...which, when the button is clicked, results in the following page being shown:

How to do it?

  1. Create two new GSP pages, one named "search.gsp" and the other "results.gsp".

  2. Copy the header from one of the generated GSP files, so that the look and feel of your pages is the same.

  3. Define the body of "search.gsp" like this:

    <g:form action="results">

    <g:textField name="type"/>
      <g:submitButton name="search" value="Search"/>


    <p>Searching ${Pet.count()} pets...

    Take note of the "name" attribute of the textField. Here it is called "type". Also take note of the "action" attribute of the GSP form. Here it is called "results". As a result of the "results" name, when the user clicks the button the "results" action in the controller is called, the "results.gsp" page opens, and the content of the textField is passed in as a parameter accessed via "params.type".

  4. However, the "results" action doesn't exist. Add it as follows to the controller, where ALL the actions are found, which is very convenient of course.
    def results = {
    def pets = Pet.findAllByType(params.type)
    return [ pets: pets, term: params.type ]

    Since we never created the "findAllByType" method on the Pet domain object, we need to spend some time creating that. But, wait a minute! We DON'T need to spend any time creating that because this is one of the many brilliant "dynamic finders" provided by Grails. Based on the definition of our domain object, Grails makes available a set of methods that can be called on our database, simply by passing in the search string received from the user! Here's the list of dynamic finders available to the pet cemetery application, created automatically by Grails for the domain object defined earlier:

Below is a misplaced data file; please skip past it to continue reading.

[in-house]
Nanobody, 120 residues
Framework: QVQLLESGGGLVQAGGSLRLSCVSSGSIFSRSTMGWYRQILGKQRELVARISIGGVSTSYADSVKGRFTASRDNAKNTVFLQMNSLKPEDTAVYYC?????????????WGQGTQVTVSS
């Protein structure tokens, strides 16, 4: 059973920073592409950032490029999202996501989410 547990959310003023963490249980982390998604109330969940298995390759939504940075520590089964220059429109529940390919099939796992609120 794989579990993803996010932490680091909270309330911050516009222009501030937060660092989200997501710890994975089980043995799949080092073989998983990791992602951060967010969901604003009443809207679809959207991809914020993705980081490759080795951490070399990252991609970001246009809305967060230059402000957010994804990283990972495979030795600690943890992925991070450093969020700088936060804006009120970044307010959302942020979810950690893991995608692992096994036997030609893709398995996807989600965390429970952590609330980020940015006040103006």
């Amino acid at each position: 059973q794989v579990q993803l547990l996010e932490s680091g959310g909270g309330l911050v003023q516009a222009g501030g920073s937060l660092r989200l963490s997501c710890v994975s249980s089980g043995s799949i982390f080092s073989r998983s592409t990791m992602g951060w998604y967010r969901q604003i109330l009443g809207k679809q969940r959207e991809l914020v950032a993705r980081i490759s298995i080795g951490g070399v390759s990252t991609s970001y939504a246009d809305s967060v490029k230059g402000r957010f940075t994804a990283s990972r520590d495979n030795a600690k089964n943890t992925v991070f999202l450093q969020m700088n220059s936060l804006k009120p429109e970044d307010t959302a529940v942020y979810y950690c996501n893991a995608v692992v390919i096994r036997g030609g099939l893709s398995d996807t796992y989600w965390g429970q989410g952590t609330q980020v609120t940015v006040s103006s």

At this point, the "results" action makes two pieces of data available to its matching "results.gsp" page. Firstly, a search term and secondly a list of pets retrieved from the database. And here's the definition of the body of the results page shown earlier:

    <h1>Results for "${term}"</h1>

      <g:each var="pet" in="${pets}">
        <li><b>${pet.name}</b> (${pet.story})

    Then simply refresh the browser again and you have fully functioning search functionality! It gets a lot more powerful, i.e., this whole "dynamic finder" story, and a lot more complex, but for that you'll need to read "Grails in Action" by Glen Smith and Peter Ledbrooke.


At this point, I can go quite some way in answering the original question: "Would you argue that using Groovy / Grails can make you significantly more productive for smaller projects as compared to something like JSF? If yes, why?"